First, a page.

Outside this a sentry was posted, while, as an additional precaution, that for some reason was not taken in the case of the men, four villainous-looking Orientals, armed to the teeth, were stationed with the prisoners.

On landing, the Donibristle's crew were formed up in a hollow square, with armed guards patrolling the outer face of the formation. Here they were kept in suspense for more than a quarter of an hour, until the arrival of the pirate captain, Don Ramon Porfirio, attended by his lieutenants, Pablo Henriques and Black Fritz Strogoff.
Ramon Porfirio was a Bolivian by birth, but had spent most of his time since the age of sixteen in various seaports of Chili and Peru. He was about thirty-five years of age, of medium height, and inclined to corpulence. His features were remarkable, his face being round and flabby;...it will be necessary only to portray the third pirate officer, "Black" Fritz Strogoff. He was short in stature, being only about five feet four inches, and grotesquely broad in proportion to his height. He had hardly any neck, literally speaking, although figuratively he possessed plenty. His features were swarthy, while by a curious contrast his hair was of a light straw colour.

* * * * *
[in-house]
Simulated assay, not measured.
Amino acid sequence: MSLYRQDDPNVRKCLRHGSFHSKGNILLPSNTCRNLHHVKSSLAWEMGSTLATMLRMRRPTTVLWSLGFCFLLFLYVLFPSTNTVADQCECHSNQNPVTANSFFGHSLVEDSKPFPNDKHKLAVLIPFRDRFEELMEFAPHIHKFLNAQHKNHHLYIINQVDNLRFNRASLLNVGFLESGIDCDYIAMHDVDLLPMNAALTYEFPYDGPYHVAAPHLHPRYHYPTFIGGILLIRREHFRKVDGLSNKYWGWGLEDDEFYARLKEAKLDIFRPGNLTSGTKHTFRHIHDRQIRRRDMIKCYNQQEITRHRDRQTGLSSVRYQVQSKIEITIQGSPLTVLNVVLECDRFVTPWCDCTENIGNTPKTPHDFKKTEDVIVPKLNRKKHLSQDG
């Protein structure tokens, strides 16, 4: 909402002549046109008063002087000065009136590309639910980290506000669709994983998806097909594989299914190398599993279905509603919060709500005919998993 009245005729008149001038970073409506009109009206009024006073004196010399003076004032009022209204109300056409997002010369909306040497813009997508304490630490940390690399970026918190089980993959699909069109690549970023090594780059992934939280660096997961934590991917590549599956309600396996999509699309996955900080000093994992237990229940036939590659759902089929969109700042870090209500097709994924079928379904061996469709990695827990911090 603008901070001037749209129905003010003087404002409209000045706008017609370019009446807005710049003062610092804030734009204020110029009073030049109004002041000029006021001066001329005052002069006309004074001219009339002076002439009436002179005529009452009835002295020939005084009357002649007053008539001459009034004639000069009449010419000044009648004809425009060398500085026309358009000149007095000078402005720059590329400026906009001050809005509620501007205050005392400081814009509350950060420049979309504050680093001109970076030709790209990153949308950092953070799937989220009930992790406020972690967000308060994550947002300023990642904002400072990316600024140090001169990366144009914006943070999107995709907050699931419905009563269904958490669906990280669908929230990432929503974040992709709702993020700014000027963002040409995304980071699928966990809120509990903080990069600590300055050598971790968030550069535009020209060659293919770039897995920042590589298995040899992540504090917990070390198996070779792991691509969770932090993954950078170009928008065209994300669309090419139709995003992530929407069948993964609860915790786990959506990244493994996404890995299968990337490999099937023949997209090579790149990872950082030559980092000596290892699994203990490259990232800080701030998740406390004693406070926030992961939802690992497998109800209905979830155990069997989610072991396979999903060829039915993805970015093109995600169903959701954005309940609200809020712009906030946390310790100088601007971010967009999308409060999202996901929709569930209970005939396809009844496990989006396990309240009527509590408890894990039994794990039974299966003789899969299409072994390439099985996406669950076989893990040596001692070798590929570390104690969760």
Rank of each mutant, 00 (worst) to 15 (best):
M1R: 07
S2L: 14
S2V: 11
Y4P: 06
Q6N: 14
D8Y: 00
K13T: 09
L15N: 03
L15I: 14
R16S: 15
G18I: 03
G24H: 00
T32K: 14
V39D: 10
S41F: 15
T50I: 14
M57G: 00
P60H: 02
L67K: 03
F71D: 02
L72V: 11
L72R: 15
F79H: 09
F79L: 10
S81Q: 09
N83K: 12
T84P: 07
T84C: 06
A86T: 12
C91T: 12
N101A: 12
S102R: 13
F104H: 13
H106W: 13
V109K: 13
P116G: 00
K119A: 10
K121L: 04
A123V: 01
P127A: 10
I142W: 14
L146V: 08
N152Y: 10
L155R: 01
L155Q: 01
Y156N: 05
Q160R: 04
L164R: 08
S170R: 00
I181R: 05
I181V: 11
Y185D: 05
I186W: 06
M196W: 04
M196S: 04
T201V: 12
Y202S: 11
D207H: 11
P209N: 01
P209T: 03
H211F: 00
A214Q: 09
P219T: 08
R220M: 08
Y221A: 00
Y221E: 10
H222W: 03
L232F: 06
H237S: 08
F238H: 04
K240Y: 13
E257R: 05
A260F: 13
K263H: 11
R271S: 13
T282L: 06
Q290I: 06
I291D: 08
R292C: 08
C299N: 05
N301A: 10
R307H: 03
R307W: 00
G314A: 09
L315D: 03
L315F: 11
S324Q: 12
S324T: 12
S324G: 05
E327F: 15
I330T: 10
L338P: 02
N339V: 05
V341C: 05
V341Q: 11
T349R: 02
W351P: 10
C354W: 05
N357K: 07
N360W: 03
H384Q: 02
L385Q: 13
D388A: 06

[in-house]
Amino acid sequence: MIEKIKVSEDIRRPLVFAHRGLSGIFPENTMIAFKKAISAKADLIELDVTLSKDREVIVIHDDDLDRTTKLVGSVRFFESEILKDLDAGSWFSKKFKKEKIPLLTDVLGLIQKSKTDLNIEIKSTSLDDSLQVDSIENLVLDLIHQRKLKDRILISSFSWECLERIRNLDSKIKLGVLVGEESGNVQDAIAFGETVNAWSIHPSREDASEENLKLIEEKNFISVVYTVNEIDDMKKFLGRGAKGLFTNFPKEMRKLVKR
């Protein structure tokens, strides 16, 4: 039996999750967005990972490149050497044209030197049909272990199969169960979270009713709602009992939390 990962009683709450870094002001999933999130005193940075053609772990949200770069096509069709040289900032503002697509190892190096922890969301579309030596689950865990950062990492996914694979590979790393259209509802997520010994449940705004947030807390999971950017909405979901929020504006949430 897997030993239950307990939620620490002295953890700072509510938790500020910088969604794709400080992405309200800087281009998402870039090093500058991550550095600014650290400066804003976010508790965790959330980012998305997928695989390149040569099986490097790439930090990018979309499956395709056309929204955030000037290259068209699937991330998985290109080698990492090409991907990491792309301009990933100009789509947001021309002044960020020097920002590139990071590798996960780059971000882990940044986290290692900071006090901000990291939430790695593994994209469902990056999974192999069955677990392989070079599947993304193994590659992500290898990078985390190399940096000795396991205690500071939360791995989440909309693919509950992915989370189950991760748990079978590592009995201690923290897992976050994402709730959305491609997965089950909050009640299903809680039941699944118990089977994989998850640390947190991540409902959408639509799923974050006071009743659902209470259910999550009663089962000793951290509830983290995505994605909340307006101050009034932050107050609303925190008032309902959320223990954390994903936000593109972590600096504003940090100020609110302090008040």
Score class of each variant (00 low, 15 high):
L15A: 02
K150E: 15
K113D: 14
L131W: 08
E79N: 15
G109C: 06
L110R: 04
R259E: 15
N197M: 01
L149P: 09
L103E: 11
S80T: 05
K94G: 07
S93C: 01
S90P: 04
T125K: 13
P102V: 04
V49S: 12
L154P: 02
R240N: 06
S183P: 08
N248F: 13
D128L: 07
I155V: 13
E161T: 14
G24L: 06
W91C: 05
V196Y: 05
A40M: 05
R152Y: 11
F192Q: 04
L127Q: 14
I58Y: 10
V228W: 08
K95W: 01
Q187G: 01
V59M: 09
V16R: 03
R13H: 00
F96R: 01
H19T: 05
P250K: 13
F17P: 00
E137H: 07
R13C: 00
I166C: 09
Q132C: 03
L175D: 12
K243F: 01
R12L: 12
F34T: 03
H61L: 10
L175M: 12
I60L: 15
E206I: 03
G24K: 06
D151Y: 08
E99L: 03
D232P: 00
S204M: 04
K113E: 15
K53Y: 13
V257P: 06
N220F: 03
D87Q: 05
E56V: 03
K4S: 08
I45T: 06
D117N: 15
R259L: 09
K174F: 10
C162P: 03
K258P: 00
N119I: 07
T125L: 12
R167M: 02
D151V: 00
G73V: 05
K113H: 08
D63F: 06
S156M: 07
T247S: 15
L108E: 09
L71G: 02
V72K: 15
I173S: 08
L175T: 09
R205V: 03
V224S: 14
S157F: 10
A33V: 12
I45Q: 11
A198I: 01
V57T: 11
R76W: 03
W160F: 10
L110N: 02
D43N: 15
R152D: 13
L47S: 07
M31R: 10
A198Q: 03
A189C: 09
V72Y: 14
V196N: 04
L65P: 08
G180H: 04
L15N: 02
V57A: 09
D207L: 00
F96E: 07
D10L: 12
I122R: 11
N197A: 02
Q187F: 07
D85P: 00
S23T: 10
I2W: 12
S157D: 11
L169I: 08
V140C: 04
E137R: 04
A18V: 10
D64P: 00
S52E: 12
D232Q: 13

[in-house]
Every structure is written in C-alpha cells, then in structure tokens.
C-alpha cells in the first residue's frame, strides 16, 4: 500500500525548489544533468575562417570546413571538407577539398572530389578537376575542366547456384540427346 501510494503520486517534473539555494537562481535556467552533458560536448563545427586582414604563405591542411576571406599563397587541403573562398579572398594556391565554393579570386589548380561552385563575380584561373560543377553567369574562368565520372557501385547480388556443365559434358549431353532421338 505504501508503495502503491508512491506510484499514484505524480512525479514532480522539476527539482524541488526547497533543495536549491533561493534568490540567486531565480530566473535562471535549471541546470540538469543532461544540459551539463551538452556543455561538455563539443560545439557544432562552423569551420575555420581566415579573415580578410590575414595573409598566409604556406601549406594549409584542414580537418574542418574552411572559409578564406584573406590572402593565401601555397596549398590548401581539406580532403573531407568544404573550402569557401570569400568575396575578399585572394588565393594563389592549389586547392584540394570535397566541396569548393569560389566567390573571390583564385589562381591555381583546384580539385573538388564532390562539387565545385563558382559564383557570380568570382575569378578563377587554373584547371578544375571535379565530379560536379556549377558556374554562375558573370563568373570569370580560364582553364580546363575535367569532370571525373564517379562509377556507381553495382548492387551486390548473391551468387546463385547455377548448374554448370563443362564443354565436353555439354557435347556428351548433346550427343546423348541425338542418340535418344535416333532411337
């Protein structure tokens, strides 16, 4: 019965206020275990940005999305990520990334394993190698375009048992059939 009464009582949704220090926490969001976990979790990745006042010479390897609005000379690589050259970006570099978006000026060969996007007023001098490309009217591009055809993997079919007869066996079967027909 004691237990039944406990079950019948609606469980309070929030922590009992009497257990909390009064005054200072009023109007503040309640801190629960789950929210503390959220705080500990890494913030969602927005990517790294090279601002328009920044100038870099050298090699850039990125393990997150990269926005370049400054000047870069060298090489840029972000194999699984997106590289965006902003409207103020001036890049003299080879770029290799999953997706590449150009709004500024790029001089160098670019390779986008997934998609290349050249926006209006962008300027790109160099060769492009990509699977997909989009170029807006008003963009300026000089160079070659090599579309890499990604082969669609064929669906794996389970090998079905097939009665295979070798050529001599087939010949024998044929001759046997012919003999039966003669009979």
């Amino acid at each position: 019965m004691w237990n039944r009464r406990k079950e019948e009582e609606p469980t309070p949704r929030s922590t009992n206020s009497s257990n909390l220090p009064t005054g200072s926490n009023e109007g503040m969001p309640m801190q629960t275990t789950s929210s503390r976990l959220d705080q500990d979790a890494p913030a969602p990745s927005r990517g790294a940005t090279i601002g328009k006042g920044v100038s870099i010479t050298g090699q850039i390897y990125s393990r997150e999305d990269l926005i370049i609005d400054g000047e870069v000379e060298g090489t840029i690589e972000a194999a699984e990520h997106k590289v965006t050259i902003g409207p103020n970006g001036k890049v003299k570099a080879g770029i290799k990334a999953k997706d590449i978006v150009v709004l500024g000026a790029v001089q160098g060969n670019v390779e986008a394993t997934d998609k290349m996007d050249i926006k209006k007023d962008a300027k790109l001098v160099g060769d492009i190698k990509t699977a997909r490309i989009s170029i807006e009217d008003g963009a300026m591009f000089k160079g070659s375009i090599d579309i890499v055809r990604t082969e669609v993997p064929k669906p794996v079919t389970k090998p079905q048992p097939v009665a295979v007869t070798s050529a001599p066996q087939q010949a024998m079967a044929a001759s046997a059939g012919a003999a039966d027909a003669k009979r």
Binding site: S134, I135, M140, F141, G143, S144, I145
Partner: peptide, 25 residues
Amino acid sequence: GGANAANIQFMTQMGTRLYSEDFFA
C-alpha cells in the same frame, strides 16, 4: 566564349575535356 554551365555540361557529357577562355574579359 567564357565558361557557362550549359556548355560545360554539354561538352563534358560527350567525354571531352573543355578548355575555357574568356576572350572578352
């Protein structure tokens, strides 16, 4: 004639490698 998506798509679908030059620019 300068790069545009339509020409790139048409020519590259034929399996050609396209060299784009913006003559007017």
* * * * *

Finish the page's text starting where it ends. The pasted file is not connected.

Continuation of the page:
The men heard his appeal in stolid silence. The offer fell on deaf ears. They were "not having any". Ramon Porfirio would have to cast his net elsewhere to obtain his recruits.

The two chums were passing within thirty yards of the hut with the canvas annexe that formed the "galley ". As they did so a grimy, laughing face with a mass of cropped hair appeared through a slit in the canvas, and a hand was waved in friendly greeting.